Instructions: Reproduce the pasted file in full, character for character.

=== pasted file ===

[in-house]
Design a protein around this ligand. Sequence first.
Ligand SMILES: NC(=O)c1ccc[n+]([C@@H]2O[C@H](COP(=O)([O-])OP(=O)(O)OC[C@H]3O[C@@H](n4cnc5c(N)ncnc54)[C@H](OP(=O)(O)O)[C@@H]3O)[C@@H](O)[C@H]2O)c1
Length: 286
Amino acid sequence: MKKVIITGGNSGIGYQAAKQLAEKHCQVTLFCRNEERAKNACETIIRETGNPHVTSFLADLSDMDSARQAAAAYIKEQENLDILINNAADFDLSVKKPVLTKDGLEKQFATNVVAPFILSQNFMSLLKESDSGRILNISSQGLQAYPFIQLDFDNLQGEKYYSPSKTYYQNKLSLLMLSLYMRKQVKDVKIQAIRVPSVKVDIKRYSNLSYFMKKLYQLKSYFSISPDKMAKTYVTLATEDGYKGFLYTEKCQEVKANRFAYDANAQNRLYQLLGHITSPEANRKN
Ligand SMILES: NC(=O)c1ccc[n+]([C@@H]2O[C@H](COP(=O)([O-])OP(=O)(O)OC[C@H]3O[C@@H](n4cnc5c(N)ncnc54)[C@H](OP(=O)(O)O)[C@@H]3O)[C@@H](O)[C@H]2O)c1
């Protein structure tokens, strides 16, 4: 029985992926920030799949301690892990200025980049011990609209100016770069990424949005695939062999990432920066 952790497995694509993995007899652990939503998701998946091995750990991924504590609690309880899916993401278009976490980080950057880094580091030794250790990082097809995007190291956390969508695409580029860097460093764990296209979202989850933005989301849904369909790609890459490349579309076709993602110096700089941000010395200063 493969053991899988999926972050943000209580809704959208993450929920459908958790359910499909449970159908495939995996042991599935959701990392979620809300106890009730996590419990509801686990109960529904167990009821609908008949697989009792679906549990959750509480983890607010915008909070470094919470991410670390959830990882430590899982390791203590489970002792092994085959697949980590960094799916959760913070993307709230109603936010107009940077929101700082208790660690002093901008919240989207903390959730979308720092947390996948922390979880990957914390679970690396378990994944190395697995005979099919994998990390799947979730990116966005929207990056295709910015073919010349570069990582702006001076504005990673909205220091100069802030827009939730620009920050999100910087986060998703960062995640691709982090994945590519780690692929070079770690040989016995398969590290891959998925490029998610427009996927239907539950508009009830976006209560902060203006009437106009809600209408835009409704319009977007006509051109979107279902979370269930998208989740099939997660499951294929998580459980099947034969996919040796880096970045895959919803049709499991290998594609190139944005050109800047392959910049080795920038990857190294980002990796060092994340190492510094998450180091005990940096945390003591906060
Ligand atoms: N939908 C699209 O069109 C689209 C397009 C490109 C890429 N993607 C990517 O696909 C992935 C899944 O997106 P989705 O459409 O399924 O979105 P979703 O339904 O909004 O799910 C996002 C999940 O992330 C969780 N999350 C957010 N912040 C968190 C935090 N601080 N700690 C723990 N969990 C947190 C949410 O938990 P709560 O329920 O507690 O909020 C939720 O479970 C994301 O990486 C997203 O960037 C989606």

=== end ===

[in-house]
Design a protein around this ligand. Sequence first.
Ligand SMILES: NC(=O)c1ccc[n+]([C@@H]2O[C@H](COP(=O)([O-])OP(=O)(O)OC[C@H]3O[C@@H](n4cnc5c(N)ncnc54)[C@H](OP(=O)(O)O)[C@@H]3O)[C@@H](O)[C@H]2O)c1
Length: 286
Amino acid sequence: MKKVIITGGNSGIGYQAAKQLAEKHCQVTLFCRNEERAKNACETIIRETGNPHVTSFLADLSDMDSARQAAAAYIKEQENLDILINNAADFDLSVKKPVLTKDGLEKQFATNVVAPFILSQNFMSLLKESDSGRILNISSQGLQAYPFIQLDFDNLQGEKYYSPSKTYYQNKLSLLMLSLYMRKQVKDVKIQAIRVPSVKVDIKRYSNLSYFMKKLYQLKSYFSISPDKMAKTYVTLATEDGYKGFLYTEKCQEVKANRFAYDANAQNRLYQLLGHITSPEANRKN
Ligand SMILES: NC(=O)c1ccc[n+]([C@@H]2O[C@H](COP(=O)([O-])OP(=O)(O)OC[C@H]3O[C@@H](n4cnc5c(N)ncnc54)[C@H](OP(=O)(O)O)[C@@H]3O)[C@@H](O)[C@H]2O)c1
């Protein structure tokens, strides 16, 4: 029985992926920030799949301690892990200025980049011990609209100016770069990424949005695939062999990432920066 952790497995694509993995007899652990939503998701998946091995750990991924504590609690309880899916993401278009976490980080950057880094580091030794250790990082097809995007190291956390969508695409580029860097460093764990296209979202989850933005989301849904369909790609890459490349579309076709993602110096700089941000010395200063 493969053991899988999926972050943000209580809704959208993450929920459908958790359910499909449970159908495939995996042991599935959701990392979620809300106890009730996590419990509801686990109960529904167990009821609908008949697989009792679906549990959750509480983890607010915008909070470094919470991410670390959830990882430590899982390791203590489970002792092994085959697949980590960094799916959760913070993307709230109603936010107009940077929101700082208790660690002093901008919240989207903390959730979308720092947390996948922390979880990957914390679970690396378990994944190395697995005979099919994998990390799947979730990116966005929207990056295709910015073919010349570069990582702006001076504005990673909205220091100069802030827009939730620009920050999100910087986060998703960062995640691709982090994945590519780690692929070079770690040989016995398969590290891959998925490029998610427009996927239907539950508009009830976006209560902060203006009437106009809600209408835009409704319009977007006509051109979107279902979370269930998208989740099939997660499951294929998580459980099947034969996919040796880096970045895959919803049709499991290998594609190139944005050109800047392959910049080795920038990857190294980002990796060092994340190492510094998450180091005990940096945390003591906060
Ligand atoms: N939908 C699209 O069109 C689209 C397009 C490109 C890429 N993607 C990517 O696909 C992935 C899944 O997106 P989705 O459409 O399924 O979105 P979703 O339904 O909004 O799910 C996002 C999940 O992330 C969780 N999350 C957010 N912040 C968190 C935090 N601080 N700690 C723990 N969990 C947190 C949410 O938990 P709560 O329920 O507690 O909020 C939720 O479970 C994301 O990486 C997203 O960037 C989606």